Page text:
The road to self-employment and self-sufficiency isn’t always paved in gold. In fact, it is often windy, dusty, and full of pot holes.
Understanding your partner’s attitude toward money is a key component of financial planning.
You’ve got great experience, and your skill set has only improved over time. Perhaps you’ve even won an award or two. There’s just one glaring problem with your resume: that gap in employment.
We are the generation of efficiency. Technology is woven into our lives, and if it isn’t digital, we likely aren’t interested.
When I was twelve years old my parents sat me down and shared some big news: My grandmother, who had died a few years before, had left us some money, and my parents were going to give me $1,000 in a savings account.
It’s a common question that people with credit cards and other forms of debt ask themselves: “How much is too much?” This is an important question to ask yourself before you let yourself get in over your head.
Although its practitioners might prefer you not recognize this fact, public relations is everywhere.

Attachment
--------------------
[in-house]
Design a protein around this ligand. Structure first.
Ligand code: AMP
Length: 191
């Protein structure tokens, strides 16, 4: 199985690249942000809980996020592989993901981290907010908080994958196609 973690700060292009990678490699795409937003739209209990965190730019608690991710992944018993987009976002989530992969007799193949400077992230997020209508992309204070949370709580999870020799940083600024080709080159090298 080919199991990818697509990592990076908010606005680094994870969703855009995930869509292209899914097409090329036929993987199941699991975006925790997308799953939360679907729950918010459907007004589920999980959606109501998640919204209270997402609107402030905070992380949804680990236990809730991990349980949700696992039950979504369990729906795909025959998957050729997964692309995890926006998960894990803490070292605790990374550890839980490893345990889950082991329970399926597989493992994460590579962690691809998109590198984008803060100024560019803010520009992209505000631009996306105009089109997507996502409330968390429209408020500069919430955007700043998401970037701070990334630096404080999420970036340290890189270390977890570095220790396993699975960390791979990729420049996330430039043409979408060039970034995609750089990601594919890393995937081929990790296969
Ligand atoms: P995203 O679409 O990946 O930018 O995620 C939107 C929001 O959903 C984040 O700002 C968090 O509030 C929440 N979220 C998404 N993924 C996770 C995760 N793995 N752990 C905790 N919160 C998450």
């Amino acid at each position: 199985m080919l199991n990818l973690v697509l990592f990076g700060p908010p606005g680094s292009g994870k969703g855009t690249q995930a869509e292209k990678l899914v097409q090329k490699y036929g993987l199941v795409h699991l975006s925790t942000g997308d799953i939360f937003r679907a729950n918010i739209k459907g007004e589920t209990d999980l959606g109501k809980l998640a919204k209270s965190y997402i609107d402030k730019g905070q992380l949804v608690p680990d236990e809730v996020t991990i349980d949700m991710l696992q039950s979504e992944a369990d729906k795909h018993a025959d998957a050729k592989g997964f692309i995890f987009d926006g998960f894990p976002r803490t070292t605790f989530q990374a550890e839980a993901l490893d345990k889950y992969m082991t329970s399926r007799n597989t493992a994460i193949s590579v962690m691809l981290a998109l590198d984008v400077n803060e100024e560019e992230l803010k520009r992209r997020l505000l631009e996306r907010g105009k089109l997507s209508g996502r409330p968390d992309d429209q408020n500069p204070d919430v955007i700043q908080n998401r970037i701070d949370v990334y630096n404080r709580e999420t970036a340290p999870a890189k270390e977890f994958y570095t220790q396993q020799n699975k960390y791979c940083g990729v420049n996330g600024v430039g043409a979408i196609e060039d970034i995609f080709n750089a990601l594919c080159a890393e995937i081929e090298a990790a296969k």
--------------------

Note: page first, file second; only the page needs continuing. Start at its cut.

Let’s be real: One of the best perks of getting married is the copious amount of gifts you’ll receive to mark the occasion. And while there’s nothing like cold, hard cash in your pocket, some people prefer to shower their friends and loved ones with non-monetary gifts.
So, you’ve earned that college degree, nabbed your first job and have been on the clock ever since. But, now you think you’re ready for the next stop.
For many of us, the start of a new year means more than just a bunch of looming resolutions; it means more money. In fact, recent data indicates that U.S. employees across the board will be celebrating salary increases in 2016, to the tune of 2.7 percent or possibly more. But before you take that […]